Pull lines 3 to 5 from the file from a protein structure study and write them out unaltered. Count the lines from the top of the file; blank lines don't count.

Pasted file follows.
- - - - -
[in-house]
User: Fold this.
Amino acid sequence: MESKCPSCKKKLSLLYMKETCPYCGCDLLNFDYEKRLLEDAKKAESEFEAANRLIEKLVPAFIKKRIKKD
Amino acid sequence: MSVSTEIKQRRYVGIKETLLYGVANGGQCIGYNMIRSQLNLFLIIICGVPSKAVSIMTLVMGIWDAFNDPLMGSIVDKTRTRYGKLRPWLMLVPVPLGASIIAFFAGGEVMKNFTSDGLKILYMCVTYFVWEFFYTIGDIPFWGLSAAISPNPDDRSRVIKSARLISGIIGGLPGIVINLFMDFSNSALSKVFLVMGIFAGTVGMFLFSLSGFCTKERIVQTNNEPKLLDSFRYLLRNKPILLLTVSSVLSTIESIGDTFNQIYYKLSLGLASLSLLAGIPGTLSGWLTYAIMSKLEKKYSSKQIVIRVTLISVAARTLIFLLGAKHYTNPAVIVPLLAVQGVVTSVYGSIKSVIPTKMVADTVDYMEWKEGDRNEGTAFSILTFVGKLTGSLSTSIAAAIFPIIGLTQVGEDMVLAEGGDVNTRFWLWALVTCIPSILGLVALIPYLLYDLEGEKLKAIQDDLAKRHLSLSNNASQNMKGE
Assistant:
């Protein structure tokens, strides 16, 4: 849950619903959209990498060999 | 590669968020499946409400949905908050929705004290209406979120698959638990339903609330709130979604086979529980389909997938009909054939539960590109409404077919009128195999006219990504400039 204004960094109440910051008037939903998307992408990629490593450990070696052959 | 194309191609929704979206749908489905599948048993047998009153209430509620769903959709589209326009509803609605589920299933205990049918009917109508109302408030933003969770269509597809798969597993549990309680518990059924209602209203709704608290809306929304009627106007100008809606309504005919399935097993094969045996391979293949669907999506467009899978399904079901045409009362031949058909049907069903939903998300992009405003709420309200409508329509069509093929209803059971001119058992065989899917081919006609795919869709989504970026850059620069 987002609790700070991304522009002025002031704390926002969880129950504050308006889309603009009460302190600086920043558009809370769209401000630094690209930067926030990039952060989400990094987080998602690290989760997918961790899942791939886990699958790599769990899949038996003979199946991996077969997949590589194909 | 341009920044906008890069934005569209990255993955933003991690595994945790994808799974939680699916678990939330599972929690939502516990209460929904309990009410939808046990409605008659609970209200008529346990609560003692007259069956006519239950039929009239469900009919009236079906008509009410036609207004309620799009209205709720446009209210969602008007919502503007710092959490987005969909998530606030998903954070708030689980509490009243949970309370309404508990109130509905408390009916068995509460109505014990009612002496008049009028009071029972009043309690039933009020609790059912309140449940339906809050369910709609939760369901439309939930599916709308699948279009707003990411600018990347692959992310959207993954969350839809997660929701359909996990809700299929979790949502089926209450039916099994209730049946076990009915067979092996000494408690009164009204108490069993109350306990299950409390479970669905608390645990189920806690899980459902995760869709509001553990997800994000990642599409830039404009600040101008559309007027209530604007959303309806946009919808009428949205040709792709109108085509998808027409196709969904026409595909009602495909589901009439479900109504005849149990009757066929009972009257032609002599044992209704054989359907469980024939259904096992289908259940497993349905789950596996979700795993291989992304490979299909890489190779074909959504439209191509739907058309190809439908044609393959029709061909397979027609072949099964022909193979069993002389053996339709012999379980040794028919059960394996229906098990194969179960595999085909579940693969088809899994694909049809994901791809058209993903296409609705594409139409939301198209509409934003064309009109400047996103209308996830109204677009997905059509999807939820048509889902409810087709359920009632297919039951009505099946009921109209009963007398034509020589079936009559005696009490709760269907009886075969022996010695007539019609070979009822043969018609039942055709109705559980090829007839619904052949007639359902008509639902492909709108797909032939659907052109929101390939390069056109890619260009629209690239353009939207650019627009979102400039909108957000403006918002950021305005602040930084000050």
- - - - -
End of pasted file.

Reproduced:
Amino acid sequence: MESKCPSCKKKLSLLYMKETCPYCGCDLLNFDYEKRLLEDAKKAESEFEAANRLIEKLVPAFIKKRIKKD
Amino acid sequence: MSVSTEIKQRRYVGIKETLLYGVANGGQCIGYNMIRSQLNLFLIIICGVPSKAVSIMTLVMGIWDAFNDPLMGSIVDKTRTRYGKLRPWLMLVPVPLGASIIAFFAGGEVMKNFTSDGLKILYMCVTYFVWEFFYTIGDIPFWGLSAAISPNPDDRSRVIKSARLISGIIGGLPGIVINLFMDFSNSALSKVFLVMGIFAGTVGMFLFSLSGFCTKERIVQTNNEPKLLDSFRYLLRNKPILLLTVSSVLSTIESIGDTFNQIYYKLSLGLASLSLLAGIPGTLSGWLTYAIMSKLEKKYSSKQIVIRVTLISVAARTLIFLLGAKHYTNPAVIVPLLAVQGVVTSVYGSIKSVIPTKMVADTVDYMEWKEGDRNEGTAFSILTFVGKLTGSLSTSIAAAIFPIIGLTQVGEDMVLAEGGDVNTRFWLWALVTCIPSILGLVALIPYLLYDLEGEKLKAIQDDLAKRHLSLSNNASQNMKGE
Assistant: